Aaron N. Tubbs bio photo

Aaron N. Tubbs

Dragon chaser.

Twitter Facebook Google+ LinkedIn Github

I’m ornery; I finished two programming challenges last night, I think, but the UVa judge has been offline for a while with database issues, and the banner keeps getting updated to say “it’ll be fixed sometime after tomorrow.” Free beer tomorrow!

This isn’t particularly surprising, since the UVa website is junk (longstanding cookie bug that the site maintainers fail to acknowledge, slow, disorganized, disconnected, LAMP, Joomla). LAMP sucks, especially if you’re trying to use some massive off the shelf CMS system, and do anything useful with it. Especially if it’s open sores and written by a bunch of ass clowns. Sometimes it’s better just to roll your own.

For the astute, yes, I am a hypocrite. You win! This website is on LAMP, implemented using an off the shelf CMS system (sort of, though it’s not “massive”), and also sucks. On the other hand, I’m not trying to coerce Textpattern into doing anything other than what it was designed to do, and as such it mostly works. It will crumble if I ever get significant traffic.

Anyhow, since UVa is probably gone forever at this rate (they’re recommending using their old website), I had to attempt to use the book judge instead, which is of course slow and limited to begin with. With the increased traffic due to the UVa judge being dead, it’s … not judging anything. Maybe I’m wrong about the roll your own thing too. As such, while I think my last two submissions are complete, and they pass all of the test cases in the forum, they have not yet been judged correct by an official judge. I’ll try to remember to come back and do this at some point.

10247 – Complete Tree Labeling

This problem won the game, and I decided to give up. I can’t get a workable recurrence or solution that looks even close, and have decided that I should embrace failure. I’ll return to it once I finish the rest of the book. Once I gave up, I got some better ideas about how to approach it, so I don’t think it will be too bad the second time around.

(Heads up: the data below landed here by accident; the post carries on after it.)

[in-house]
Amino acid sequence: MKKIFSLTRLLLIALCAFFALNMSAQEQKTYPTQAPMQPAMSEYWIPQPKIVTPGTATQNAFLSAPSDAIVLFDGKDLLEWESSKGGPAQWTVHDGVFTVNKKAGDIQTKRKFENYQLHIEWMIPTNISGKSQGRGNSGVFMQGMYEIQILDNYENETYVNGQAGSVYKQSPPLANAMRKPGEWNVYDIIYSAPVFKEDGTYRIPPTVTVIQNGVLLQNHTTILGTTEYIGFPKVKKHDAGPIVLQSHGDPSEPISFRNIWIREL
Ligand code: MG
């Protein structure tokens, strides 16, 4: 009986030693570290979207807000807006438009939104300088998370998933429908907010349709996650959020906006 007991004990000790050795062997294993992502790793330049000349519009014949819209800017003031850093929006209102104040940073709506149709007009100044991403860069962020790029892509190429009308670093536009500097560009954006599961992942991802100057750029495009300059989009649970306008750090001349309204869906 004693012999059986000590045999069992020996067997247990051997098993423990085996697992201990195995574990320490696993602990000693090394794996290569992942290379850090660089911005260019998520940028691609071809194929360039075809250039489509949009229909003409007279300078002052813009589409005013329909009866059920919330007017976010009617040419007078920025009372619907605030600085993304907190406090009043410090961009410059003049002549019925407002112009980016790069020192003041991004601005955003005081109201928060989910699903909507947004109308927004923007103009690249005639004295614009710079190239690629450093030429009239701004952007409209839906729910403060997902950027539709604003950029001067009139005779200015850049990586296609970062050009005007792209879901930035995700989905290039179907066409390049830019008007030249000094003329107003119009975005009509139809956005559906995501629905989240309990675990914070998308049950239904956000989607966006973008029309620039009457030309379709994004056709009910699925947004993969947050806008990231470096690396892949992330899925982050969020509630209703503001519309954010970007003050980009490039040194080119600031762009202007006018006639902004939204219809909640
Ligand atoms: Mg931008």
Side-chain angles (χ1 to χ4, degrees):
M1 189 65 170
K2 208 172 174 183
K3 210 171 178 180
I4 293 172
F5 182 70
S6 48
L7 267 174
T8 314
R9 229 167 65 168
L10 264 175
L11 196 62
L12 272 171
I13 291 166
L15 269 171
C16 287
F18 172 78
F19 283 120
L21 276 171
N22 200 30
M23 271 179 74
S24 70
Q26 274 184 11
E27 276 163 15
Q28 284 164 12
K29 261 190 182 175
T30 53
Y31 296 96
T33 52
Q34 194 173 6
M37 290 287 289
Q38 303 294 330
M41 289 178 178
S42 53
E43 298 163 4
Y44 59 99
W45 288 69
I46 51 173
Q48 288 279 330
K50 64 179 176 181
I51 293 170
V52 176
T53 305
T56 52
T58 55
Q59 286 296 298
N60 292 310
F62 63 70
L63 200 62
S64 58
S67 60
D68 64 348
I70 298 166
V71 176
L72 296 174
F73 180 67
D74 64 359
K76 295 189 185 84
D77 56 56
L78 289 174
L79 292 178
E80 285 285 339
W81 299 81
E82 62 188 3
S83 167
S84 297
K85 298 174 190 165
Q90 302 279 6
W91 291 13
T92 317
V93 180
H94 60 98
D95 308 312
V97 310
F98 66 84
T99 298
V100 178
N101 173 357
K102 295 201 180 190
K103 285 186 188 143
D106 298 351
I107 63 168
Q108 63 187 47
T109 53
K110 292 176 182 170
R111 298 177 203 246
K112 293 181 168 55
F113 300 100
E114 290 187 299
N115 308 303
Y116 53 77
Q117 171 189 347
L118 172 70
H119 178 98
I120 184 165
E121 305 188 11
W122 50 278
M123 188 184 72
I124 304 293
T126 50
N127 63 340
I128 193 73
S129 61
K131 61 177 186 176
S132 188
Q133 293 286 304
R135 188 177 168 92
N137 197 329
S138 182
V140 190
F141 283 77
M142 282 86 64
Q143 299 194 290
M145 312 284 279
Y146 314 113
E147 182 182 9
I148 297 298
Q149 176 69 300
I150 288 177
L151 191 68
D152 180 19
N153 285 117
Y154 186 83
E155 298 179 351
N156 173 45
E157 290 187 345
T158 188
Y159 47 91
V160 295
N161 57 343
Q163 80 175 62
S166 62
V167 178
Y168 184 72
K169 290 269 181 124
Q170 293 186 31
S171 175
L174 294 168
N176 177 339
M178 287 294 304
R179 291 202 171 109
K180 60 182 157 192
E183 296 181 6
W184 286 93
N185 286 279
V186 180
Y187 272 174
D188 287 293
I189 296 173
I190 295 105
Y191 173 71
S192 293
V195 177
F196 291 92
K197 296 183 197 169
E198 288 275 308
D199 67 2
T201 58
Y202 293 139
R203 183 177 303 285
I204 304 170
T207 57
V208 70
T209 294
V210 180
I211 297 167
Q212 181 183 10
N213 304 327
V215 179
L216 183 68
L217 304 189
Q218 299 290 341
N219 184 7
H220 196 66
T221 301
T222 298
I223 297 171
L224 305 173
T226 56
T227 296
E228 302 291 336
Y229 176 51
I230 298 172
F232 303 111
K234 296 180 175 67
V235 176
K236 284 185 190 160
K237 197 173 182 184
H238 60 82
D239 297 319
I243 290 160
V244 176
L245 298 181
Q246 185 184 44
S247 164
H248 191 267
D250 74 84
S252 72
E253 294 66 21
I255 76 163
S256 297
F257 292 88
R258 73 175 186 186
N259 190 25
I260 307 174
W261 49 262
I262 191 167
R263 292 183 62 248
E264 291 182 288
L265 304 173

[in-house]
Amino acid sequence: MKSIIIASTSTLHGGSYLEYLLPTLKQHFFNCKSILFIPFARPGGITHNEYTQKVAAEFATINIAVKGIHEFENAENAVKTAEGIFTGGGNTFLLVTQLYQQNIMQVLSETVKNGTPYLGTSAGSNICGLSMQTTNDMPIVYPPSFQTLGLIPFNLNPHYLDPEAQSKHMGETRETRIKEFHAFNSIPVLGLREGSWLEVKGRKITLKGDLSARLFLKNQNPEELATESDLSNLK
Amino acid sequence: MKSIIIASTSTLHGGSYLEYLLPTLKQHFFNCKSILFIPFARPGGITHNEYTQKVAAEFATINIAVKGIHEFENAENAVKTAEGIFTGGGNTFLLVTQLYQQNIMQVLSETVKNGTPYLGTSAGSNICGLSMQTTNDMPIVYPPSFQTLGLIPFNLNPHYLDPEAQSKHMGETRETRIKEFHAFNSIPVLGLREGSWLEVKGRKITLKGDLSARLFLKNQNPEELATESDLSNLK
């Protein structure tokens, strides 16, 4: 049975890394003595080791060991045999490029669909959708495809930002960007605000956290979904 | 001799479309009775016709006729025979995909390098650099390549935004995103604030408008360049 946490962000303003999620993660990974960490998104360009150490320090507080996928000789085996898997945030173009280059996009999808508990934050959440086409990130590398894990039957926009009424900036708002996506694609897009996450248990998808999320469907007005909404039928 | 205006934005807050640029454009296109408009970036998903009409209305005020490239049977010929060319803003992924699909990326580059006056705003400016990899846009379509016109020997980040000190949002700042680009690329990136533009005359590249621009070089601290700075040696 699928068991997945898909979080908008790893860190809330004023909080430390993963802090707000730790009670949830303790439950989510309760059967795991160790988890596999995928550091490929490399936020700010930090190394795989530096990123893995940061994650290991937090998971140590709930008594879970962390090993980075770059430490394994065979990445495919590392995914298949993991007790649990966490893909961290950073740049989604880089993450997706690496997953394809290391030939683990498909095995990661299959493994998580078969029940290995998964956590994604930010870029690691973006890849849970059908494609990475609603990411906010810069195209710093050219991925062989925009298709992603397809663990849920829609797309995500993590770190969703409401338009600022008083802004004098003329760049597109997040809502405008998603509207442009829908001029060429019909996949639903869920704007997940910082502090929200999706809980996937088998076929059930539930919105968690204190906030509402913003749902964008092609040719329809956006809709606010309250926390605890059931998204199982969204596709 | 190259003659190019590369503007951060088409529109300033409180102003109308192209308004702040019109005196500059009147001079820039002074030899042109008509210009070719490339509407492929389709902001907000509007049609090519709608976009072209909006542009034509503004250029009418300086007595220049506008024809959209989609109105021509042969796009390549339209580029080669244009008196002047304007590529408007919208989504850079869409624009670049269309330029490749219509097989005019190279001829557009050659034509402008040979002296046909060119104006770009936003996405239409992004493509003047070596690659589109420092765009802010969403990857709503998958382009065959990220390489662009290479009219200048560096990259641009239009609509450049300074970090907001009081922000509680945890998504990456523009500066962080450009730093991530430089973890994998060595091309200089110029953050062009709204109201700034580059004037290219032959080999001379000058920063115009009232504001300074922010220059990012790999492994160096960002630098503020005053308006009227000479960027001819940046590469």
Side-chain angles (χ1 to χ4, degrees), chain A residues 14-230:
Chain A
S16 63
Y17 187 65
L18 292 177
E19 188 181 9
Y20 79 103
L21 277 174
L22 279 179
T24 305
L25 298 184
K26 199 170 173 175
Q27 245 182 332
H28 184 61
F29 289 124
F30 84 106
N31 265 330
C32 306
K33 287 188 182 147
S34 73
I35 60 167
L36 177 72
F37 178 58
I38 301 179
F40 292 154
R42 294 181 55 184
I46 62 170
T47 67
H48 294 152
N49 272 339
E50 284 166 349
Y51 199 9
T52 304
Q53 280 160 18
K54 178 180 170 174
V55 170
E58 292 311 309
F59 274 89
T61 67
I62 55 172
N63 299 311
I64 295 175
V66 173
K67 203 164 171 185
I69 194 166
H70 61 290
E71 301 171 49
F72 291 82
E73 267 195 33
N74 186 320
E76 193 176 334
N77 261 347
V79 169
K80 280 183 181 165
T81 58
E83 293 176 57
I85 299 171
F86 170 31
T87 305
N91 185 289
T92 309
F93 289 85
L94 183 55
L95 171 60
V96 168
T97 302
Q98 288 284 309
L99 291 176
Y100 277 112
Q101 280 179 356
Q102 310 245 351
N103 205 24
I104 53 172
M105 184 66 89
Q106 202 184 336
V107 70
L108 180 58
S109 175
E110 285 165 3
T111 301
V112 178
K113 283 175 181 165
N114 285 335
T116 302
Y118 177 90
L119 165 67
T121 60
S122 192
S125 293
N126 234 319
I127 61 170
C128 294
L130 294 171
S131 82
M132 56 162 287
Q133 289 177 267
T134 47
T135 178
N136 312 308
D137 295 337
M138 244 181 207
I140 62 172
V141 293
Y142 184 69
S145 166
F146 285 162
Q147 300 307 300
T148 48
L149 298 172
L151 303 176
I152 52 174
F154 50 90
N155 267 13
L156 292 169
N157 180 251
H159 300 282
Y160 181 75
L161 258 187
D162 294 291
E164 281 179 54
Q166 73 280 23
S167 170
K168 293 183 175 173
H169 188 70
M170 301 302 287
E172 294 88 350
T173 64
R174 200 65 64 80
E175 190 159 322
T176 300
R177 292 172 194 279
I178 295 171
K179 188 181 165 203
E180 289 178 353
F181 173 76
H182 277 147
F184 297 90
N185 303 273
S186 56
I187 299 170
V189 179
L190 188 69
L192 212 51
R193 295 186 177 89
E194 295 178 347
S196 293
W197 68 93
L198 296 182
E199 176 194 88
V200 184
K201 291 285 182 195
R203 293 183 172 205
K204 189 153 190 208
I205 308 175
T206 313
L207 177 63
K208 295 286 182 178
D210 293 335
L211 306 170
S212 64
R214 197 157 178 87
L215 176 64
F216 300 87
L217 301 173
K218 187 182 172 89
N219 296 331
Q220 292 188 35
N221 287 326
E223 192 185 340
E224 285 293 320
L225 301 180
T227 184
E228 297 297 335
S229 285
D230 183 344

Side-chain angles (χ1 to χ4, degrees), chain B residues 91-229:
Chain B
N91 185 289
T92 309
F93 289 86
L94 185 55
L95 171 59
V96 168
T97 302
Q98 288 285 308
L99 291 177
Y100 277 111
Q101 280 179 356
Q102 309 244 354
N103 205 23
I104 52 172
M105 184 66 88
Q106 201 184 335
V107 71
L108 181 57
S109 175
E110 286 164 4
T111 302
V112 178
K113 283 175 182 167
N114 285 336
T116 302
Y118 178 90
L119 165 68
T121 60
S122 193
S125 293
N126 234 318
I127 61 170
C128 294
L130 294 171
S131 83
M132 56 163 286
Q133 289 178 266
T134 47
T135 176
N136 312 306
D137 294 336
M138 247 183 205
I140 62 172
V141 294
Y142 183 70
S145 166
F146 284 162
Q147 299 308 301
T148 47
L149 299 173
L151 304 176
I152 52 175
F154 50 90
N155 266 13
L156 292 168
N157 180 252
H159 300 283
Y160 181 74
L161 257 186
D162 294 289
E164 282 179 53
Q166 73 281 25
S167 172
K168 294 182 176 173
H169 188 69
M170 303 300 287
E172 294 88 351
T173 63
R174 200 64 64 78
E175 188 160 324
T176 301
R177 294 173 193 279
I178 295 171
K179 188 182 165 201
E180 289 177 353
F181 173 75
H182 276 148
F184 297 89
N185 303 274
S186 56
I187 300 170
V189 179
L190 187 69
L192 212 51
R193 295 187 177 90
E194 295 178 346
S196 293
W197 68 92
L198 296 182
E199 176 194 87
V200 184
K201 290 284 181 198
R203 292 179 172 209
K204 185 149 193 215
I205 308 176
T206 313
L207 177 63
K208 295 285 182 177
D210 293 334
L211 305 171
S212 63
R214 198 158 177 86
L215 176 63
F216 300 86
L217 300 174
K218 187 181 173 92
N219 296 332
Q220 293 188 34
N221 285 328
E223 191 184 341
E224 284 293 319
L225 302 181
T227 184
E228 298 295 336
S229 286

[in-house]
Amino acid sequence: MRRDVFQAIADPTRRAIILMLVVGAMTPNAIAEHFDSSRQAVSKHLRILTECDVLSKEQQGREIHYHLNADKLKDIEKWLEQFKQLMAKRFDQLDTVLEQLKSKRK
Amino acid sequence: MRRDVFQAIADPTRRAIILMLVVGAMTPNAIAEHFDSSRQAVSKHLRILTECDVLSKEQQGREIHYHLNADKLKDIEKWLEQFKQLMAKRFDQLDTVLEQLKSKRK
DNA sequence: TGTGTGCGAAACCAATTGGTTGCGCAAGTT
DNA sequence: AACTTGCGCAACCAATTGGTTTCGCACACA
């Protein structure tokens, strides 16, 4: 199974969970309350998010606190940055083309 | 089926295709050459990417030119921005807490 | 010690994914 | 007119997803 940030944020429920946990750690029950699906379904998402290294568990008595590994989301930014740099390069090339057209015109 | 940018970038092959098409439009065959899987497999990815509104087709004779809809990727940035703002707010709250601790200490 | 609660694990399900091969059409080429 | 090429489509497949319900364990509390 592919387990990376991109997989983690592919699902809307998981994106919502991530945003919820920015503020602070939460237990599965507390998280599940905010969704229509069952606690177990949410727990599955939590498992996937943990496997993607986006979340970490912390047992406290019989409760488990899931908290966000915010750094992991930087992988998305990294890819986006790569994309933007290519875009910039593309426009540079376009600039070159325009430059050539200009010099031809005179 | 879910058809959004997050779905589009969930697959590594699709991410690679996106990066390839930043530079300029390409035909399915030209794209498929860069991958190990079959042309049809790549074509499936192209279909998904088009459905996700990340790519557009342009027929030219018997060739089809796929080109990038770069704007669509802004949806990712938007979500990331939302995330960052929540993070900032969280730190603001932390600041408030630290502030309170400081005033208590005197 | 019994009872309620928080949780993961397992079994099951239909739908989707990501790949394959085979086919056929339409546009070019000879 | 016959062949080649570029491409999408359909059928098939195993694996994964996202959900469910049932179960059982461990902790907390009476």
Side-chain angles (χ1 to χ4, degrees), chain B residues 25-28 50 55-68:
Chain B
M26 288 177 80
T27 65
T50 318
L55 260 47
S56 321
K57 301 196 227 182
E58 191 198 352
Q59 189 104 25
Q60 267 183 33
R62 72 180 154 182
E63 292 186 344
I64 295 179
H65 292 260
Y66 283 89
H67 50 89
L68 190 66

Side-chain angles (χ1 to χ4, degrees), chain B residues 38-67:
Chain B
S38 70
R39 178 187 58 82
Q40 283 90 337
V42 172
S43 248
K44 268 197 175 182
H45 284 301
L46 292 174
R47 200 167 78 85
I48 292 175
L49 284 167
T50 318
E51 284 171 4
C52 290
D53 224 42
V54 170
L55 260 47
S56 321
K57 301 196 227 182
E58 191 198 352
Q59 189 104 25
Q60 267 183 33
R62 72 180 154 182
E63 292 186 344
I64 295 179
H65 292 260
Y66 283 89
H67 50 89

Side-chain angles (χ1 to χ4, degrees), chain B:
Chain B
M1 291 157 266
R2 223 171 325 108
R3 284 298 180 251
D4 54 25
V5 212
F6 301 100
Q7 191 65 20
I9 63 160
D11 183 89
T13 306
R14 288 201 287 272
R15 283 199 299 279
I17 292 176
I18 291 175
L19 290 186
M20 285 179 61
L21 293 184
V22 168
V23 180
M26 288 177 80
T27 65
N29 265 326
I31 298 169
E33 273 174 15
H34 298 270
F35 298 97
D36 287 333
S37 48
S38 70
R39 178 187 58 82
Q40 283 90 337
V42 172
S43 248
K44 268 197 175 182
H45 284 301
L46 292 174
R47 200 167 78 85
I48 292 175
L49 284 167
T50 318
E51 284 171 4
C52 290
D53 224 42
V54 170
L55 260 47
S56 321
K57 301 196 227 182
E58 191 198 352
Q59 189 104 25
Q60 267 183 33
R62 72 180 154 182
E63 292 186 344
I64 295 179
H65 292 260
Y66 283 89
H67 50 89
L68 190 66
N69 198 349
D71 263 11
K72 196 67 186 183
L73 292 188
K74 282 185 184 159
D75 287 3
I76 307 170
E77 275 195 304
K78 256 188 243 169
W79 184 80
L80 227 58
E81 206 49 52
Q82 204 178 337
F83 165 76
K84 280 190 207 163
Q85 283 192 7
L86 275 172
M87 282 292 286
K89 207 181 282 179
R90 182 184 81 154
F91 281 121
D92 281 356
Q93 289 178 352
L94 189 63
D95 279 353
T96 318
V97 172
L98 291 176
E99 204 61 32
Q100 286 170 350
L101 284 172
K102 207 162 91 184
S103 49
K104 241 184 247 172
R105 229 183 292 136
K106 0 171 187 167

10264 – The Priest Mathematician

Needed the ego boost after the last one. Looked into the discussion of the hanoi puzzle at Wolfram’s Math World (I’ve seen and solved the problem/recurrence before, but wanted to see what the clever kids say about it). They point out that the four-rod minimal solution is defined by Reve’s puzzle (Sloane’s A007664). In my mind, it made sense that the optimal solution using a fourth peg is to … solve optimally the four peg puzzle. So, I implemented the recurrence listed by the cool math kids, submitted it, and waited; the UVa judge queue was backed up for some reason, so I didn’t get to find out if I’d succeeded. As I was thinking about it, I realized I didn’t, due to some flawed assumptions about the size of the result space. So, I recoded things, and figured I had a good solution, and then returned to waiting to see if I won the game. While waiting, I reflected that I really hate Java, but it does have mature BigInteger support, and that’s handy, versus C++ (at least in the context of the UVa judge not including BigInteger support of any sort, and I not being competent enough to code a super-duper-fast version). My solution is in Java, as mentioned, so it’s ugly. It computes the entire solution space in about .7 seconds without doing any “hard math” or recursion, so it’s relatively quick.

10049 – Self-Describing Sequence

Yay, back to c++. Sloane’s integer sequences made this one easy in theory, though the approximate solution was too approximate, and the recursive solution was too recursive. Using an interval array though, it was easy to bootstrap and binary search the solution space; my solution (-warning: not judged yet- AC) is fast enough, but not particularly elegant. There might be a better way. Yay, wasting memory!

846 – Steps

This one wasn’t too bad, once I understood the problem, which was slightly difficult, since “One steps through the integer points of the straight line. The length of a step must be nonnegative and can be by one bigger than, equal to, or by one smaller than the length of the previous” meant nothing to me. I sketched out the first dozen steps, implemented (-warning: not judged yet- AC) the formula from Sloane’s, and all was well.

And that’s chapter six, beyond that I skipped a problem and haven’t tested the other two. On to number theory!

Update: Judge is now fixed, last two solutions are AC.